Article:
What surprises are in store for Fringe's nefarious Agent Scott?

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Dec 14, 2012, 3:54 PM EST
The team—(from left) John Noble, Joshua Jackson, Anna Torv and Lance Reddick—arrives at an accident in "The Transformation."

Mark Valley, who plays the traitorous and ill-fated FBI agent John Scott on Fox's sci-fi drama Fringe, promised closure to his storyline in February episodes.

"They do answer some questions that have been lingering in my mind, like who he's been working for, exactly," Valley said in a conference call with reporters on Friday. "It sort of confirms the verity or the truth of his feelings toward Olivia [Anna Torv]."

Earlier this month, Fringe executive producers J.J. Abrams, Roberto Orci and Jeff Pinkner promised to wrap up Scott's storyline, which kicked off in the pilot, when it was revealed that Olivia Dunham and Scott were lovers and that Scott was working secretly to undermine investigations into "The Pattern."

Tuesday's upcoming episode, "The Transformation," sends the Fringe team investigating another airplane crash, while Scott appears to Dunham in her dreamscape. Valley talked about his appearances in upcoming episodes; the following Q&A features edited excerpts of the conference call. Fringe airs Tuesdays at 9 p.m. ET/PT.

Is this more of a mythology episode than a stand-alone mystery coming up?

Valley: You know, I have to see the final cut the way it comes out. Sometimes it depends on what parts of the story they choose to accentuate in the edit. I would say this is kind of, as they all are, a stand-alone episode. If you have been watching it, it will sort of enhance the experience of watching it.

Is there any room for John Scott to come back after this resolution?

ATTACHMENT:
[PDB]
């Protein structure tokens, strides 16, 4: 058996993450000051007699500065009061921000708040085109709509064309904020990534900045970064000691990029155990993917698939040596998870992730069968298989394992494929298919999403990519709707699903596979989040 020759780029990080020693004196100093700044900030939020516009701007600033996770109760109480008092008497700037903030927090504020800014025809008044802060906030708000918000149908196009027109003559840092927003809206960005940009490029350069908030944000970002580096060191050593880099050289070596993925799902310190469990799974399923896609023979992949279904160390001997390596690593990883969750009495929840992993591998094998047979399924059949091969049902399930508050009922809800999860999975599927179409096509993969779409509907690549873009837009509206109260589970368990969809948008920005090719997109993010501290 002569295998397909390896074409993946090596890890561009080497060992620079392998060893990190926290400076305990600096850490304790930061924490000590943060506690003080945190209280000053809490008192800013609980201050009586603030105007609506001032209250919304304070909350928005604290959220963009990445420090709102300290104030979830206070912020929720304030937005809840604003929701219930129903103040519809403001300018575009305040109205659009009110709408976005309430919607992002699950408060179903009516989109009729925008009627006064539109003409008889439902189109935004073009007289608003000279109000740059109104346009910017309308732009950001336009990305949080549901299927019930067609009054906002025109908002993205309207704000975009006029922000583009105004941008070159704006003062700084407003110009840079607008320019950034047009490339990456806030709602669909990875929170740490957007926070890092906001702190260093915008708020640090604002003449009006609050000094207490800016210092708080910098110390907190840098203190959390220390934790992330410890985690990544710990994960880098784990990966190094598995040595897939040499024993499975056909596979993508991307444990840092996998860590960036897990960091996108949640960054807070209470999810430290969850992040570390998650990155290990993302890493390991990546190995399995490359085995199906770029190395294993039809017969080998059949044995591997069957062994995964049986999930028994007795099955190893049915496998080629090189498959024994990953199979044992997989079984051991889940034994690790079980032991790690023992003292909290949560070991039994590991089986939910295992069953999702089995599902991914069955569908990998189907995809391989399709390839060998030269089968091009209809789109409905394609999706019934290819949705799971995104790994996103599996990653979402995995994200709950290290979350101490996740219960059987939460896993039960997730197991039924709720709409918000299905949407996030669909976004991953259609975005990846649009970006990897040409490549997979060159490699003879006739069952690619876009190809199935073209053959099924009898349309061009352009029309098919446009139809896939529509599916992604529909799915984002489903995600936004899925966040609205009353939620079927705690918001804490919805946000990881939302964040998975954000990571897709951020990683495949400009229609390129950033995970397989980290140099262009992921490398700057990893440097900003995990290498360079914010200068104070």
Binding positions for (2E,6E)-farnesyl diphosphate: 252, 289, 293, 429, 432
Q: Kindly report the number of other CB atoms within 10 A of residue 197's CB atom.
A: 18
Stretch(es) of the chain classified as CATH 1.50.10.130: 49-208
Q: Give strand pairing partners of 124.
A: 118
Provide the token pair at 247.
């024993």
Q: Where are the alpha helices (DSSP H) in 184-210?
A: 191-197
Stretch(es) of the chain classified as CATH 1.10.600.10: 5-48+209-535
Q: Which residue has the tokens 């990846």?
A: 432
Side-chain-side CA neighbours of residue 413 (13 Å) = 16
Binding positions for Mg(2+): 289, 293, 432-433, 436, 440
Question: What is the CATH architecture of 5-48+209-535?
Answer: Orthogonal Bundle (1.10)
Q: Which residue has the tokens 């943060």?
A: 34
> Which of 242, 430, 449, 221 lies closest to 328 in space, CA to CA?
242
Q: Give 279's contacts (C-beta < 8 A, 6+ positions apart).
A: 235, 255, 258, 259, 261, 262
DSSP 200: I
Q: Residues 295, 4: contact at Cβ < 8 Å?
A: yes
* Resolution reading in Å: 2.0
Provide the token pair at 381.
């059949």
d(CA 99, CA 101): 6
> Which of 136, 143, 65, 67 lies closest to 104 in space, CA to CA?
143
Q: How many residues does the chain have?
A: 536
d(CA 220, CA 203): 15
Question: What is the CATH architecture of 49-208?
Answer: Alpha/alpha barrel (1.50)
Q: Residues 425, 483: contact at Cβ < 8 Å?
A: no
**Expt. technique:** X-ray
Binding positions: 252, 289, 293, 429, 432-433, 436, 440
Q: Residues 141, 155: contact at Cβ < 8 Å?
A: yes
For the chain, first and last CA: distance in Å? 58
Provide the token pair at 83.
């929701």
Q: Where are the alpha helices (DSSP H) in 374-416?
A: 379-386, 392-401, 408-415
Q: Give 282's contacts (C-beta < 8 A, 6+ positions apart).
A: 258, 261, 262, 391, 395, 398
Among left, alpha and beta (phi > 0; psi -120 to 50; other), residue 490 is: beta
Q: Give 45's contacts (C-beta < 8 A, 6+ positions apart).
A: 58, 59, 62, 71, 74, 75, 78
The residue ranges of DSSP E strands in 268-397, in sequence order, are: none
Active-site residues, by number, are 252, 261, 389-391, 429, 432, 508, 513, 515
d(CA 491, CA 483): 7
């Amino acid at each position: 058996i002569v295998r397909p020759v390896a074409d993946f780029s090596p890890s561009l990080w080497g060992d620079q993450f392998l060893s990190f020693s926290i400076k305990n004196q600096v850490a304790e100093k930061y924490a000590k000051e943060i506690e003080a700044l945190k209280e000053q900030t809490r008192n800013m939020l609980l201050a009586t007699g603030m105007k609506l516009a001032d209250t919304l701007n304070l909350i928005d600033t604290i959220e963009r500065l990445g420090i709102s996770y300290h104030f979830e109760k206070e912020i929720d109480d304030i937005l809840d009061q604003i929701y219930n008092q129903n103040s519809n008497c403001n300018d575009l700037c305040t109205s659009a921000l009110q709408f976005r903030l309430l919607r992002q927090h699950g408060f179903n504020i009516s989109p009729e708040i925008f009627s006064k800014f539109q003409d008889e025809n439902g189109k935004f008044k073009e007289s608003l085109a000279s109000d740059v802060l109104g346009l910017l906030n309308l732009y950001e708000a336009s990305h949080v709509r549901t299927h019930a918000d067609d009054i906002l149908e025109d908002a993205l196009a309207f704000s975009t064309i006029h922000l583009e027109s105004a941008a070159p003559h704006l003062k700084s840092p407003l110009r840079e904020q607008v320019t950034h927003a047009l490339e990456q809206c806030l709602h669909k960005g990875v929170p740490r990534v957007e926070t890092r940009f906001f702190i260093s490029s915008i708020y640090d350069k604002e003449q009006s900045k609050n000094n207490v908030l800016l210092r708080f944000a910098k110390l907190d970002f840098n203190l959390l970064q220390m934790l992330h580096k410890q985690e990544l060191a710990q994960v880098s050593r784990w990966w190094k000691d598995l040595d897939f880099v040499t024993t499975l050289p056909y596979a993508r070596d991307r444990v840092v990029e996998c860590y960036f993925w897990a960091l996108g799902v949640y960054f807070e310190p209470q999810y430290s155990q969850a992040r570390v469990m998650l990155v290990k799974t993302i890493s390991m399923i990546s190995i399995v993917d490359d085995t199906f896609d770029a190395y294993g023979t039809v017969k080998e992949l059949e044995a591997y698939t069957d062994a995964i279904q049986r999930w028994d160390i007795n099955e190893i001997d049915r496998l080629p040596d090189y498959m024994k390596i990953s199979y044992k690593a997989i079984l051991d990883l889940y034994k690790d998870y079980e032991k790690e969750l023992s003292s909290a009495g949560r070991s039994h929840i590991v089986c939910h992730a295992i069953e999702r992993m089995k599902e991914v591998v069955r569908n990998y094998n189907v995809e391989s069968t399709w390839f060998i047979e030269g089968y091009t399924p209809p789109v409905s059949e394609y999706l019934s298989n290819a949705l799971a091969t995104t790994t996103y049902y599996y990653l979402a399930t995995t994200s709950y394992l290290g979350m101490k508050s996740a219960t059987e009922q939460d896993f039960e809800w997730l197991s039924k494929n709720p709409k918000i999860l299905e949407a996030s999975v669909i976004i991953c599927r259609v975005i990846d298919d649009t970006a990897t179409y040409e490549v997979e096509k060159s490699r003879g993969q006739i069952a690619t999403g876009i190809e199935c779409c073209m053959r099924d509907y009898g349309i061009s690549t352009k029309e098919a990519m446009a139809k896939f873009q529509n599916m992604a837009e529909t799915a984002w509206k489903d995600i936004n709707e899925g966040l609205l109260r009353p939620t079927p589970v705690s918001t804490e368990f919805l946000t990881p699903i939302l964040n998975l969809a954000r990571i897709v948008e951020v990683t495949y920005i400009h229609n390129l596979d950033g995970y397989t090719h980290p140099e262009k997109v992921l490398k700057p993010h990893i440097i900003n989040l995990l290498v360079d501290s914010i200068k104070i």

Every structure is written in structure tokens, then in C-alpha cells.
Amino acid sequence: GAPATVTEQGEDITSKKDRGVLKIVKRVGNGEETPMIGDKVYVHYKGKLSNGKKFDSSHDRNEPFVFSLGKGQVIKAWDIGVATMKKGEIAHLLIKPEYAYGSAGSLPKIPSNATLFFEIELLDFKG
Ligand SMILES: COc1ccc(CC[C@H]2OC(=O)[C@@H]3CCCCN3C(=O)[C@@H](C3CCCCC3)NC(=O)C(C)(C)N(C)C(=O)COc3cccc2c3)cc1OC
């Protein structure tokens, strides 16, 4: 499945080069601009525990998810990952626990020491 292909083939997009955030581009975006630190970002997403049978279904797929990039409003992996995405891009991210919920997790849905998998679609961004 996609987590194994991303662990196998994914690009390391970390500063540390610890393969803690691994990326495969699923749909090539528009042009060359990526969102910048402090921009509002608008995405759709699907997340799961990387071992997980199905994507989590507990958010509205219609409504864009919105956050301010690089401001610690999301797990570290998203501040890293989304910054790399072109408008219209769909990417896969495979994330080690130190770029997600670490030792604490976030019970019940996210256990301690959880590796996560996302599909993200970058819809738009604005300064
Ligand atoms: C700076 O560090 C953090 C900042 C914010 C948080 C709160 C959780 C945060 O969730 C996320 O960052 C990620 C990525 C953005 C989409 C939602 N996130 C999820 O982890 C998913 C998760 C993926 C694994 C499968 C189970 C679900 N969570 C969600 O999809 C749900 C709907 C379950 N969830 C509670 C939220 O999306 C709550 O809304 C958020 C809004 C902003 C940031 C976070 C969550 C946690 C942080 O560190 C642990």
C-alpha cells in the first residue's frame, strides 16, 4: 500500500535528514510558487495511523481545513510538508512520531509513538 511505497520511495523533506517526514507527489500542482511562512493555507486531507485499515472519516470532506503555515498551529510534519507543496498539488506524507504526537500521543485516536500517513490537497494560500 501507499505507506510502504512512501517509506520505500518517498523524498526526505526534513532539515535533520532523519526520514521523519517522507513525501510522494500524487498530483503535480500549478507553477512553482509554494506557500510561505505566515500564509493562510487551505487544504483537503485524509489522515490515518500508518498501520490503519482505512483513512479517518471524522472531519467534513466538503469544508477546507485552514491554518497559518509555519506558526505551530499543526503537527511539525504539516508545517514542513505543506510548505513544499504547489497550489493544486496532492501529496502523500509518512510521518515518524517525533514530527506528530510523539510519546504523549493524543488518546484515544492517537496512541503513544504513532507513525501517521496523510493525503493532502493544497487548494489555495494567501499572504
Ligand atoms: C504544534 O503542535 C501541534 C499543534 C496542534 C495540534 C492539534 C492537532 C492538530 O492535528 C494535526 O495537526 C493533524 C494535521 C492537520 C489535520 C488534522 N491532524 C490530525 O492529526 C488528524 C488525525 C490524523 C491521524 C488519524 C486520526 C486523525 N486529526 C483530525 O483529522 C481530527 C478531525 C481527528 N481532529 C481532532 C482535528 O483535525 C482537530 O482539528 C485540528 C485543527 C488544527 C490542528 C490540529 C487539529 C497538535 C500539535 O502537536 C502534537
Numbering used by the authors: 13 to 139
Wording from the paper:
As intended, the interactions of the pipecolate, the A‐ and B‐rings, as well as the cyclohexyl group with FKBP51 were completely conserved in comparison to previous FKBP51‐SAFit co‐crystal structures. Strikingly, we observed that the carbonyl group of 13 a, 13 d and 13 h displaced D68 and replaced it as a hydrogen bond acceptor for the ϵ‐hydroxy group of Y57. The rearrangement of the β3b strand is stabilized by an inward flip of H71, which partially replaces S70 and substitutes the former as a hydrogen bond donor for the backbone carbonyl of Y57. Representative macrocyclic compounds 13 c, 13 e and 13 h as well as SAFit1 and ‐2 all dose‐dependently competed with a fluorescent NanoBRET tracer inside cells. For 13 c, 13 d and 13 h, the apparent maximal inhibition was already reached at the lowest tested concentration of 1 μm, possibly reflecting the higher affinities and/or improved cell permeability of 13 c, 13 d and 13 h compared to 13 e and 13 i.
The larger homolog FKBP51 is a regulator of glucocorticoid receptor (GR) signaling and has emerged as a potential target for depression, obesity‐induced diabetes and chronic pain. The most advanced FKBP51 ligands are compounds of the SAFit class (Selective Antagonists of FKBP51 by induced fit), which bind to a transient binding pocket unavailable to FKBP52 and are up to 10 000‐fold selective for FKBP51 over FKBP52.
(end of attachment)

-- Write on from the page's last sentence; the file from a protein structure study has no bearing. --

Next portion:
Valley: You know, I think there's room for even you to be shot with a tranquilizer gun and dragged onto an episode of Fringe for a couple of scenes. It could happen to anybody, so I'm not going to rule it out.

Will we be seeing John in the flesh, or only in Olivia's mind from now on?

Valley: I can't really say. I think you'll probably see both, but I can't really confirm what condition I'm going to be in in either of those situations.

The next episode is about an airplane again. How is that different from the pilot?

Valley: It's a completely different airline [laughs]. The first one was a Boeing 627, this was an Airbus 380. No, I have no idea, to be honest with you. They were both big airplanes, and they have a lot of people on them. A lot of airplane crashes on J.J. Abrams shows. Could you imagine being on an airplane with J.J. Abrams, what's going through his head? Probably people screaming and luggage flying everywhere.

Is this a good place for new viewers to jump in?

Valley: I think any time is a good place to jump in. Then they can just buy the DVD edition for the first season and catch up on their own free time. It's probably the best way to do it. Yeah, it's exciting to watch the show as soon as the episode comes up, because that's when everybody's finding out about it, and it's somewhat of an event as opposed to just a discrete television show. So I'd say start watching as soon as possible and catch up when it comes out on DVD. Or you could probably download the episodes too. So get on board!

What has your contractual status been this season?

Valley: Well, contractually I can't really say too much. Basically, it's one of those situations like they have with most TV shows. They can keep you as long as they want, but it doesn't mean necessarily you can leave whenever you want. That's all I can really say about that. It's what they call a seven-out-of-13 or something. I had never signed up to be an every-episode regular.

Is it hard to portray Scott's moral ambiguity since we don't know yet if he's working for good or evil?

Valley: Well, I think whether he's good or he's bad, there's a degree of guilt that he carries around with him. Actually, now that I think about it, I actually forgot to play that. It makes a lot of sense, though, doesn't it? I think when you watch it, you'll have to make up your own mind about that.

Does it make a difference to your performance if he's alive or dead?

Valley: That's a really good question. I think when you're talking about John Scott being inside Olivia's brain, then you're dealing with a consciousness or the way someone remembers someone, as well as his own particular memories. I like to think that his consciousness is actually in her head, so it's actually as if he were definitely alive. No, I think when somebody's dead, your job's a lot easier. You just kind if lie there. You don't have to do anything. That's probably the big difference.